During his life over the previous several decades, Job had beheld the deeds of Jehovah and gained Jehovah God’s blessings for him. They were blessings that left him feeling enormously uneasy and indebted, for he believed that he had not done anything for God, yet had been bequeathed with such great blessings and had enjoyed so much grace. For this reason, in his heart he often prayed, hoping that he would be able to repay God, hoping that he would have the opportunity to bear testimony to God’s deeds and greatness, and hoping that God would put his obedience to the test, and, moreover, that his faith could be purified, until his obedience and his faith gained God’s approval. And when the trial came upon Job, he believed that God had heard his prayers. Job cherished this opportunity more than anything else, and thus he didn’t dare treat it lightly, for his greatest lifelong wish could be realized. The arrival of this opportunity meant that his obedience and fear of God could be put to the test, and could be made pure. Moreover, it meant that Job had a chance to gain God’s approval, thus bringing him closer to God. During the trial, such faith and pursuit allowed him to become more perfect, and to gain a greater understanding of God’s will. Job also became more grateful for God’s blessings and graces, in his heart he poured greater praise on the deeds of God, and he was more fearful and reverent of God, and longed more for God’s loveliness, greatness, and holiness. At this time, though Job was still one who feared God and shunned evil in the eyes of God, with regard to his experiences, Job’s faith and knowledge had come on in leaps and bounds: His faith had increased, his obedience had gained a foothold, and his fear of God had become more profound. Though this trial transformed Job’s spirit and life, such a transformation did not satisfy Job, nor did it slow his progress onward. At the same time as calculating what he had gained from this trial, and considering his own deficiencies, he quietly prayed, waiting for the next trial to come upon him, because he yearned for his faith, obedience, and fear of God to be elevated during the next trial of God.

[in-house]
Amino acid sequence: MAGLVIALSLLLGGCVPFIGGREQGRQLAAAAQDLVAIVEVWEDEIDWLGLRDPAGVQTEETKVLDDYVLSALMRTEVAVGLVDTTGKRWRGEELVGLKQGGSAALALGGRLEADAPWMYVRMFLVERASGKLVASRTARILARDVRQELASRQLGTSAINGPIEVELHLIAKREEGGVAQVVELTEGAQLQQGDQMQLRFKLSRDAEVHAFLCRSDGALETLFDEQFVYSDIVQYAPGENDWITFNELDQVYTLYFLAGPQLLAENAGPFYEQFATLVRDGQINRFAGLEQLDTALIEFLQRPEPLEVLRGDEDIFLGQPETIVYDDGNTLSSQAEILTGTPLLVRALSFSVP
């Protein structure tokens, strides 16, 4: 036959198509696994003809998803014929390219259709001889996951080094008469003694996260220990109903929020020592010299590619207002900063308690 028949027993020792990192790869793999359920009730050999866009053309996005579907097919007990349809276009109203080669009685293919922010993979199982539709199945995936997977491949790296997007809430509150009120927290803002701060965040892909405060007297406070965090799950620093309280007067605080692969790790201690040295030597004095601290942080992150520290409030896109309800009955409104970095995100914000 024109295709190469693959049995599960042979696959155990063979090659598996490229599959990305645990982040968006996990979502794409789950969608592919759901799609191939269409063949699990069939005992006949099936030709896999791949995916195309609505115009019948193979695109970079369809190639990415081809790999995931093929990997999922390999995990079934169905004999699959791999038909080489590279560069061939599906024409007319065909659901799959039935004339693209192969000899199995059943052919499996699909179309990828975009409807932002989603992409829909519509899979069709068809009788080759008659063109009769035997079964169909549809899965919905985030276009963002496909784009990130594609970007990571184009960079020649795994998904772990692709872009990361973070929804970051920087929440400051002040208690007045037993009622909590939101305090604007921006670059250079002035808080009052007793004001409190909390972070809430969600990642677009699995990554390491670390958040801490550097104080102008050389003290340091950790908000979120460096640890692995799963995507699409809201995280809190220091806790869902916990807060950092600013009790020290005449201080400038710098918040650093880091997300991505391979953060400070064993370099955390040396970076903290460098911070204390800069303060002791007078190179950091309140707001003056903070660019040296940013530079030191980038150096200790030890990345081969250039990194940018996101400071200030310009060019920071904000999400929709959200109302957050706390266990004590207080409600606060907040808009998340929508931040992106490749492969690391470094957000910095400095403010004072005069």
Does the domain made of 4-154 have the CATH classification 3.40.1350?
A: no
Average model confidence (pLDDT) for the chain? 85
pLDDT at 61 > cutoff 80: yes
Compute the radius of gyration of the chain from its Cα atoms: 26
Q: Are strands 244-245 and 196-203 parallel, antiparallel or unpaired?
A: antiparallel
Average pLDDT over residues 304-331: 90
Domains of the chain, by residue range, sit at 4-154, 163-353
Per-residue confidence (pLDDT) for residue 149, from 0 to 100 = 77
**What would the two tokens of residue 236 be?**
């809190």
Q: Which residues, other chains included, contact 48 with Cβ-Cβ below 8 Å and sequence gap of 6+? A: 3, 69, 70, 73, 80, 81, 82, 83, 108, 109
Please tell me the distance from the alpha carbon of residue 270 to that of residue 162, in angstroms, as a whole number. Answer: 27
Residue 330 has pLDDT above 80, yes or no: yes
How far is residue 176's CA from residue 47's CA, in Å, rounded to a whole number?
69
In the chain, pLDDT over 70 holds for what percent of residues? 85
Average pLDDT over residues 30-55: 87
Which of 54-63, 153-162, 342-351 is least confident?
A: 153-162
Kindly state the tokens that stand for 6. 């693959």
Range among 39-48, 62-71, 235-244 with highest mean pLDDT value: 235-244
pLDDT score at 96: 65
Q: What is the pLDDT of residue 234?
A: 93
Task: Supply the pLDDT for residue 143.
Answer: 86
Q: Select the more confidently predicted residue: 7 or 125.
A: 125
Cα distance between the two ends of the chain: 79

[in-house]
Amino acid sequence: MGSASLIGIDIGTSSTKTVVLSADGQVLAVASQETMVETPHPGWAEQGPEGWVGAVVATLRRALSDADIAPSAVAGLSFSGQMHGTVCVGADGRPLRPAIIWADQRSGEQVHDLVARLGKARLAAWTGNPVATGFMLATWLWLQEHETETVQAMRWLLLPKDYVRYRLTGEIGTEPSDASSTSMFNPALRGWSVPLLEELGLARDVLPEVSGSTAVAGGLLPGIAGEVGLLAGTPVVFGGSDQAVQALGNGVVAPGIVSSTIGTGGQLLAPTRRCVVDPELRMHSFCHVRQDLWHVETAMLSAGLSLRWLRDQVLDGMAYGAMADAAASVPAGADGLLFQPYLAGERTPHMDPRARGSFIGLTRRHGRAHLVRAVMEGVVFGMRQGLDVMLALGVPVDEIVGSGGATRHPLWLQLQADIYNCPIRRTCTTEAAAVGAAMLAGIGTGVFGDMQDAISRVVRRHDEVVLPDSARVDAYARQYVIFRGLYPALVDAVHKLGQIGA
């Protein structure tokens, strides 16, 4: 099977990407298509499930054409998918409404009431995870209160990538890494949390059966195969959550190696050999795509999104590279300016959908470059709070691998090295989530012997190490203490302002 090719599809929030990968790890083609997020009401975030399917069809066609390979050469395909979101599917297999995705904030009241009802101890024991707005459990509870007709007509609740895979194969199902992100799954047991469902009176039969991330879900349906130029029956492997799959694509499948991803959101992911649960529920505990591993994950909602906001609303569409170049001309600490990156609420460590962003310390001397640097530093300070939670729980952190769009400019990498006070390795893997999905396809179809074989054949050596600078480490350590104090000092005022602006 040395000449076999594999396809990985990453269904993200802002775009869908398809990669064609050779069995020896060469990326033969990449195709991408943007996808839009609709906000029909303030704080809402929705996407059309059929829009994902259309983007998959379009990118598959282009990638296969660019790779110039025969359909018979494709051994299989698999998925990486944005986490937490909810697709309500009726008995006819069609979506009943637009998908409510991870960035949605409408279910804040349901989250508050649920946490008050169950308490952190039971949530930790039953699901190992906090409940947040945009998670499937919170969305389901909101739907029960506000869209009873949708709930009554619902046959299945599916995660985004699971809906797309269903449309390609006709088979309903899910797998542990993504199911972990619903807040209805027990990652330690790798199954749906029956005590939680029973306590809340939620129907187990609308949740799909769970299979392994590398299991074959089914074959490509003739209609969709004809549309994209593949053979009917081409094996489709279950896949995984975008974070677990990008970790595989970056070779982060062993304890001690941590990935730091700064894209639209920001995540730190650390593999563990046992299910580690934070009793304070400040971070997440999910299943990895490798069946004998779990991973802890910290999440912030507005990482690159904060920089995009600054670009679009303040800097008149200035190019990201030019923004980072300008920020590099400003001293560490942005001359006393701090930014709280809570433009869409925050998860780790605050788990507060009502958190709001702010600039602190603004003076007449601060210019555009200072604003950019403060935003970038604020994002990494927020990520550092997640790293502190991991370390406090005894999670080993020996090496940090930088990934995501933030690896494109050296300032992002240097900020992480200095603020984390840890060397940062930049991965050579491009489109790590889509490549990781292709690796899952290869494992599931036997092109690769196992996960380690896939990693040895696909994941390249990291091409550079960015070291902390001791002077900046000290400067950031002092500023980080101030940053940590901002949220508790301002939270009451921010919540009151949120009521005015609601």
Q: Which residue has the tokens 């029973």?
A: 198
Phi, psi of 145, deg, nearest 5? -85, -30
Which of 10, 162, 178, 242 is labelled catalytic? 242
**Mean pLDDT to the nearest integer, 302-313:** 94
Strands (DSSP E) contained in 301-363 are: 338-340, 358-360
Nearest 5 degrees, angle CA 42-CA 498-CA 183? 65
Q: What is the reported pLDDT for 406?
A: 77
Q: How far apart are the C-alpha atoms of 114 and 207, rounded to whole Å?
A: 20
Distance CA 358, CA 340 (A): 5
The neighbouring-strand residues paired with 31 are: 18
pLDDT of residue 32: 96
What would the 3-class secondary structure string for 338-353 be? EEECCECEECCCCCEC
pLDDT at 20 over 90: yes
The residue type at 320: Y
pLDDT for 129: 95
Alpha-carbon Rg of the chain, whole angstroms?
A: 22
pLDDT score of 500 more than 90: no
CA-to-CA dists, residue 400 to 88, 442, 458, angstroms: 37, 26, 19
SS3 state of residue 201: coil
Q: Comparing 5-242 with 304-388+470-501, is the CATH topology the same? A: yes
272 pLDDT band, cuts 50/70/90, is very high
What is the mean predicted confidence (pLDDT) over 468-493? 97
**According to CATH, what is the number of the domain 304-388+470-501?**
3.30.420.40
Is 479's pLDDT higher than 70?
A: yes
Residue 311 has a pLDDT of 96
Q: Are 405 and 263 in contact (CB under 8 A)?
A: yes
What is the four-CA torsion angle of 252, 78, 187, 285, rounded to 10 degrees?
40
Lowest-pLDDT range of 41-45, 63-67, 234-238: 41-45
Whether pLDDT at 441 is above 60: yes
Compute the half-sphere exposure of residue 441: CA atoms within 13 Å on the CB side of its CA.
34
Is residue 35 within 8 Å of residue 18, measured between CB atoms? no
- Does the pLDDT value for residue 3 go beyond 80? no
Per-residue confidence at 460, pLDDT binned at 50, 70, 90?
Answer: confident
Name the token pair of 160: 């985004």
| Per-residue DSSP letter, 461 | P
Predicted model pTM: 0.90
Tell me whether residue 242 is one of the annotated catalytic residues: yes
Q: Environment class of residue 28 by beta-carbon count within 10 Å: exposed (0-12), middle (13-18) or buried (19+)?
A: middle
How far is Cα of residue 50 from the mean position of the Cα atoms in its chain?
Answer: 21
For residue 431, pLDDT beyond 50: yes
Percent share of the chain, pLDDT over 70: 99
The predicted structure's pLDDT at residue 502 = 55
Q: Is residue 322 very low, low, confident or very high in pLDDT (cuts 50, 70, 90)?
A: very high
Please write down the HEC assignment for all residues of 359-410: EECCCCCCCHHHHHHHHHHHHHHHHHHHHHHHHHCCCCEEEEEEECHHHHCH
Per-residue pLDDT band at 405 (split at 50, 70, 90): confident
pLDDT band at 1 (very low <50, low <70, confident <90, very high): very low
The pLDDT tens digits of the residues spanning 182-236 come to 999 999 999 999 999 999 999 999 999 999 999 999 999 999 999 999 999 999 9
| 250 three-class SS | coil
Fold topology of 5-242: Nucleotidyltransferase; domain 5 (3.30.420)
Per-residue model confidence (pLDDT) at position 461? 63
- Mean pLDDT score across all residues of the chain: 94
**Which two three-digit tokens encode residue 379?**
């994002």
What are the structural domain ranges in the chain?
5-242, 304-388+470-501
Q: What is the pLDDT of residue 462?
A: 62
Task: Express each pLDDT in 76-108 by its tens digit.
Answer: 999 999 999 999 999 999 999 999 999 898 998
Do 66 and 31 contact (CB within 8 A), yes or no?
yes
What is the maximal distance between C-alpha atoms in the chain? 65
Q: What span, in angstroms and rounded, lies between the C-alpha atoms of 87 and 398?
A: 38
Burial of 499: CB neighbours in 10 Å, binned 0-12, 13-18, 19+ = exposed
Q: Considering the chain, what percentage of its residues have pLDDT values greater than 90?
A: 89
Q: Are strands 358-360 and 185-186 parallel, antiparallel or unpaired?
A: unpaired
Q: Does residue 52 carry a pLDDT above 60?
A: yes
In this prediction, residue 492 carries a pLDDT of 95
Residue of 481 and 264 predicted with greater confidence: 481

God observes the inmost thoughts of man and all that man says and does. Job’s thoughts reached the ears of Jehovah God, and God listened to his prayers, and in this way God’s next trial for Job arrived as expected.